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Eternal Bonds, True Contracts
Law and Nature in Shakespeare's Problem Plays
Eternal Bonds, True Contracts
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A. G. Harmon - Author
Price: $45.00 
Hardcover - 203 pages
Release Date: July 2004
ISBN10: 0-7914-6117-3
ISBN13: 978-0-7914-6117-4

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Price: $23.95 
Paperback - 203 pages
Release Date: 
ISBN10: 0-7914-6118-1
ISBN13: 978-0-7914-6118-1

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Summary Read First Chapter image missing

Uses legal and literary resources to explore Shakespeare's use of the law and its instruments in the problem plays.

In Eternal Bonds, True Contracts, A. G. Harmon closely analyzes Shakespeare's concentrated use of the law and its instruments in what have often been referred to as the problem plays: Measure for Measure, Troilus and Cressida, The Merchant of Venice, and All's Well That Ends Well. Contracts, bonds, sureties, wills—all ensure a changed relationship between parties, and in Shakespeare the terms are nearly always reserved for use in the contexts of marriage and fellowship. Harmon explores the theory and practice of contractual obligations in Renaissance England, especially those involving marriage and property, in order to identify contractual elements and their formation, execution, and breach in the plays. Using both legal and literary resources, Harmon reveals the larger significance of these contractual concepts by illustrating how Shakespeare develops them both dramatically and thematically. Harmon's study ultimately enables the reader to perceive not only these plays but also all of Shakespeare's writing—including his poetry—as integral with, and implicated in, the proliferating legalism that was helping to define early modern English culture.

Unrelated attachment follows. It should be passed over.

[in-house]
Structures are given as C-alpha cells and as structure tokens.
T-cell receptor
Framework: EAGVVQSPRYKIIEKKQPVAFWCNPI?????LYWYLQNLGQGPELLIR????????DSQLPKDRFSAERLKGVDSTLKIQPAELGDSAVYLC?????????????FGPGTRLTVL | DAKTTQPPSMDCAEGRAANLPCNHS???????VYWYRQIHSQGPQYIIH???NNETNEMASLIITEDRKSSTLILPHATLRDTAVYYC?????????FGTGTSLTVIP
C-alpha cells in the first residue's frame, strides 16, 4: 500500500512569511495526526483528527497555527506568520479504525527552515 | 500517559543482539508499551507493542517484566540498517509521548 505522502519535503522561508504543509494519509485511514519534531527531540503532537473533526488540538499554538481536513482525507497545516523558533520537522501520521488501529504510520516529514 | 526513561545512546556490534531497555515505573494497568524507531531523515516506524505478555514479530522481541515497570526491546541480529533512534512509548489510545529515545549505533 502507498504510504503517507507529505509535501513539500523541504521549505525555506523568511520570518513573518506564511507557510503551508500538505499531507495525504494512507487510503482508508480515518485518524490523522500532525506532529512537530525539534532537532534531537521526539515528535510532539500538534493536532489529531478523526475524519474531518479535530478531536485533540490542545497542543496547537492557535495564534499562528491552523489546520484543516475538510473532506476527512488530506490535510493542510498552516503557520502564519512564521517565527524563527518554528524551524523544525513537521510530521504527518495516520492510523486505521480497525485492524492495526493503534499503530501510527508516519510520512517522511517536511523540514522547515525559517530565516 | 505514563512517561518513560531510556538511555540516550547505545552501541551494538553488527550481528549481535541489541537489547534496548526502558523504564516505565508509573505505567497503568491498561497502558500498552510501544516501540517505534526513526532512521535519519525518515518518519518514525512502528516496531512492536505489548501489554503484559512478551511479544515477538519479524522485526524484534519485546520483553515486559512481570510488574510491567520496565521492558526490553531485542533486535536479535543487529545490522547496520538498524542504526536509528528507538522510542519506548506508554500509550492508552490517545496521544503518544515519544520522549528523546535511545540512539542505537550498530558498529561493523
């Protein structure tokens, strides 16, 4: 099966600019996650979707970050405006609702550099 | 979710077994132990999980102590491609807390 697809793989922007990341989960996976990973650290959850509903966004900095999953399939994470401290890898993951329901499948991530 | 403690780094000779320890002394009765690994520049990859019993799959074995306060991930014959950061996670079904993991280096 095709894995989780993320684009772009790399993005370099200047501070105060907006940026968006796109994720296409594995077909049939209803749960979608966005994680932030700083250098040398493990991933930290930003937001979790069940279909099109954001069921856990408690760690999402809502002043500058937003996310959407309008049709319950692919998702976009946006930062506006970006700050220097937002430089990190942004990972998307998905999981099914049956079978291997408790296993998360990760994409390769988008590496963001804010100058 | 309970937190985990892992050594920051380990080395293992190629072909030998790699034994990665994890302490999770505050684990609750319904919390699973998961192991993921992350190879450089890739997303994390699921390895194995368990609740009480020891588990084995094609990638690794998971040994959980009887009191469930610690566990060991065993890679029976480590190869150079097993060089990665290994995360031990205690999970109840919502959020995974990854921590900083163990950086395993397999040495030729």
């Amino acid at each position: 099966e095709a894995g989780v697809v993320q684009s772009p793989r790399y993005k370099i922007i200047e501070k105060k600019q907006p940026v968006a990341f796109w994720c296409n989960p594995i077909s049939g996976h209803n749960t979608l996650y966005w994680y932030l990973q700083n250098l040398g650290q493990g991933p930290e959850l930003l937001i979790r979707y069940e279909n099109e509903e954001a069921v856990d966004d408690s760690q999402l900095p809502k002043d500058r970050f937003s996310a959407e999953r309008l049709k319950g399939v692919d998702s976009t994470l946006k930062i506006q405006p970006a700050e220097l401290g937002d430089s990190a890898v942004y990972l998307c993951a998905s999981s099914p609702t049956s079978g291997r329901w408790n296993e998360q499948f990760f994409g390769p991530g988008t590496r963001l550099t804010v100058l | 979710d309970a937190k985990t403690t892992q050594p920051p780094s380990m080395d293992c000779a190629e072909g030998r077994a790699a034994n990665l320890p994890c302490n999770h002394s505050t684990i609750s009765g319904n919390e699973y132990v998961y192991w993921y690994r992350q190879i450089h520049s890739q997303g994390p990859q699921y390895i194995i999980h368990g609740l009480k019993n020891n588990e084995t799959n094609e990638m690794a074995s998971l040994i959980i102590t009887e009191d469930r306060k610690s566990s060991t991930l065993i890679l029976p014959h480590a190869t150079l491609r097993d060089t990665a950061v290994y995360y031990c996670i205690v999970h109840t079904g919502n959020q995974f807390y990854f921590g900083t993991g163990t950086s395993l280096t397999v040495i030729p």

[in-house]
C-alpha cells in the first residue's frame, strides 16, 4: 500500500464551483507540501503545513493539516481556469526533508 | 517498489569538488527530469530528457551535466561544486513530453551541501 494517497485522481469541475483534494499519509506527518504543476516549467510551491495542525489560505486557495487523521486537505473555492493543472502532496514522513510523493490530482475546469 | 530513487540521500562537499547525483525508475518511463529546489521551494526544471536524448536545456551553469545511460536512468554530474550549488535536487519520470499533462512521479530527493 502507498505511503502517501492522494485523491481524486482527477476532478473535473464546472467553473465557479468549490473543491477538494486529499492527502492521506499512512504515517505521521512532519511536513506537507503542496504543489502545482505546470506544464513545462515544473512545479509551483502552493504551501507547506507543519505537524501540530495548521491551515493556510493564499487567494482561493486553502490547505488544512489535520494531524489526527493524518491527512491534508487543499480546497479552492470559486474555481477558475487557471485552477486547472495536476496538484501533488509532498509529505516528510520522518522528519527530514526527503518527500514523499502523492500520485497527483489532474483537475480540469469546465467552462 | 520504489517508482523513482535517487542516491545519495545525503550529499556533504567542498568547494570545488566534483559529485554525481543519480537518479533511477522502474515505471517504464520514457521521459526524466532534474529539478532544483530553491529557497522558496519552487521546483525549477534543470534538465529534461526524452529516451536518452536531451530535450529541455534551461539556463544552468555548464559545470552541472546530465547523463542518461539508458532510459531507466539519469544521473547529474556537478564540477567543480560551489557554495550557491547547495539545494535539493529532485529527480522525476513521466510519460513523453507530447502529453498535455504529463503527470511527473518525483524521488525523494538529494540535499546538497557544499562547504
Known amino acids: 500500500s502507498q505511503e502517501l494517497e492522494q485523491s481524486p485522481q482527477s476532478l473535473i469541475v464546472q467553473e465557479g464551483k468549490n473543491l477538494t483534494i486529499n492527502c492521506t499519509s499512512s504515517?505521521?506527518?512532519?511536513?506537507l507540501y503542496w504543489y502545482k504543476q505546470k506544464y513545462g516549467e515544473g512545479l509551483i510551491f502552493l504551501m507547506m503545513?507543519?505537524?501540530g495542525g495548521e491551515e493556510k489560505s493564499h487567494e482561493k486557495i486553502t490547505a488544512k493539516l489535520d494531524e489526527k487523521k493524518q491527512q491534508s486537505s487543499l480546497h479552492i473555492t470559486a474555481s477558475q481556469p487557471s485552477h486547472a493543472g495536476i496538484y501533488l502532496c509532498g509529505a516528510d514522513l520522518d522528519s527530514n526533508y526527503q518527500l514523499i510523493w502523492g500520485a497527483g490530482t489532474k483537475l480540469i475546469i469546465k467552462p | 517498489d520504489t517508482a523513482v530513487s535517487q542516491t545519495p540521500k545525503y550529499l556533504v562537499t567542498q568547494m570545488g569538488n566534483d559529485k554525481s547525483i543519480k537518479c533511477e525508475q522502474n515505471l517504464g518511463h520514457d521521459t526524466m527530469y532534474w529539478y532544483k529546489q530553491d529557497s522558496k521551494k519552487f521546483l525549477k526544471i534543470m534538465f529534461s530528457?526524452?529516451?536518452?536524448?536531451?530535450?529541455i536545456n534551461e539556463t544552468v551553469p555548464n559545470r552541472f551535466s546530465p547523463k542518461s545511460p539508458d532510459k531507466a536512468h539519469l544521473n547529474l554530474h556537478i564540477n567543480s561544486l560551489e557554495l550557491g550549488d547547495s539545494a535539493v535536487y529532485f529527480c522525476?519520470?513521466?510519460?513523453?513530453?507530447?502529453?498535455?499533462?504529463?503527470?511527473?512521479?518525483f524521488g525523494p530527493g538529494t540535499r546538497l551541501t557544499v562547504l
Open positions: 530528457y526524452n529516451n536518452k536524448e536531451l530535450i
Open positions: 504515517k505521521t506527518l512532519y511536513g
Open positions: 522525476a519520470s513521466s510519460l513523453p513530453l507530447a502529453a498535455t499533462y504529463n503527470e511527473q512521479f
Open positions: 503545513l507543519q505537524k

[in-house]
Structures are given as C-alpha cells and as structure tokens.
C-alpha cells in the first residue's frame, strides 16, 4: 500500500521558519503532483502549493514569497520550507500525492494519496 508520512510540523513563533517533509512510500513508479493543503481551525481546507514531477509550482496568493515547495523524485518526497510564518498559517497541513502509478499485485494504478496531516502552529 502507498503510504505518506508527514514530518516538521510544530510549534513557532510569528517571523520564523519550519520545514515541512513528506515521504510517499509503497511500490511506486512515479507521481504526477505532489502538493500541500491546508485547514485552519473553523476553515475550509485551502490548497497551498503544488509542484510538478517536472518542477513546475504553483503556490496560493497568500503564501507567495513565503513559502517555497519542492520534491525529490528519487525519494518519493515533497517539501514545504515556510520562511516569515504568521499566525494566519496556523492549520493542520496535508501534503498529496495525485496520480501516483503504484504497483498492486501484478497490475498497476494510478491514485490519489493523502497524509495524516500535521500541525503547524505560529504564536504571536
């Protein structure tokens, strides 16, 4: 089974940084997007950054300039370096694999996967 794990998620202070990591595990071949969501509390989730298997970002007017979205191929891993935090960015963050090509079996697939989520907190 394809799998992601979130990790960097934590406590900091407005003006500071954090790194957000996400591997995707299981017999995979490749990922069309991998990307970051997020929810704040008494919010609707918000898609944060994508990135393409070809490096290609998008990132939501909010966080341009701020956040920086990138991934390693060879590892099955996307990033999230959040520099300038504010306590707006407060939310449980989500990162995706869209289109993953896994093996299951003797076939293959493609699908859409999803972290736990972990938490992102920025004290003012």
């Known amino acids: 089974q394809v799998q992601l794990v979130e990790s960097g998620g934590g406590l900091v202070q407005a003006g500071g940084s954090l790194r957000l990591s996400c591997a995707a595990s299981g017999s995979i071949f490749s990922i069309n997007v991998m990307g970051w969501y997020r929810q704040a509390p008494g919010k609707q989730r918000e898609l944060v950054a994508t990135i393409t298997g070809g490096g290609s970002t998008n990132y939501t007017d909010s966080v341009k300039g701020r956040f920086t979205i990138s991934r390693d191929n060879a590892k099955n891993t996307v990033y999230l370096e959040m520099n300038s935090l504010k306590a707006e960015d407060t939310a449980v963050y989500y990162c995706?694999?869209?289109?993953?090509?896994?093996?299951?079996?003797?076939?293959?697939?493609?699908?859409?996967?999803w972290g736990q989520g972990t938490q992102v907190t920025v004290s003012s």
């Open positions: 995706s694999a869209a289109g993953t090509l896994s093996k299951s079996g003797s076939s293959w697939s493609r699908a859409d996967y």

“Harmon’s excellent analysis gives us a means to access the four problem plays, and he gives them some coherence. They are problems because we didn’t know how to approach them or see the through-line of law at work in each of them. Throughout the text Harmon aspires to provide precise and rich understanding of Shakespeare’s use of legal terminology as metaphorical devices. In this he succeeds.” — Sixteenth Century Journal

“…a useful contribution to Shakespearean studies and to law and literature.” — Renaissance Quarterly

"By explicating not only the language but also the social and moral ramifications of these plays within a densely articulated legal culture, Harmon brings them to the center of Shakespearean studies. He illuminates what traditionally has seemed most problematic about these plays, thus transforming the experience of reading them from an ambiguous negotiation to an intellectual adventure. Harmon's work also dispels any notion that Shakespeare's use of legal language constituted mere dabbling. The plays are shown to be immersed in the legal culture rather than merely gesturing toward it. I feel certain that Shakespeare scholars at every level will be as gratified as I have been to discover this fascinating piece of interdisciplinary scholarship." — Lana Cable, author of Carnal Rhetoric: Milton's Iconoclasm and the Poetics of Desire

A. G. Harmon is Lecturer at the Columbus School of Law at The Catholic University of America and the author of the novel A House All Stilled.


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Table of Contents

Acknowledgments

1. The Semblance of Virtue: Law, Nature, and Shakespeare

2. Things Seen and Unseen: The Contracts in Measure for Measure

3. Perfection in Reversion: The Mock Contract in Troilus and Cressida

4. Matching Meanings: Contracts, Bonds, and Sureties in The Merchant of Venice

5. Lawful Title: Contractual Performance in All's Well That Ends Well

6. Nature's Double Name: Beyond the Problem Plays

Notes

Works Cited

Index



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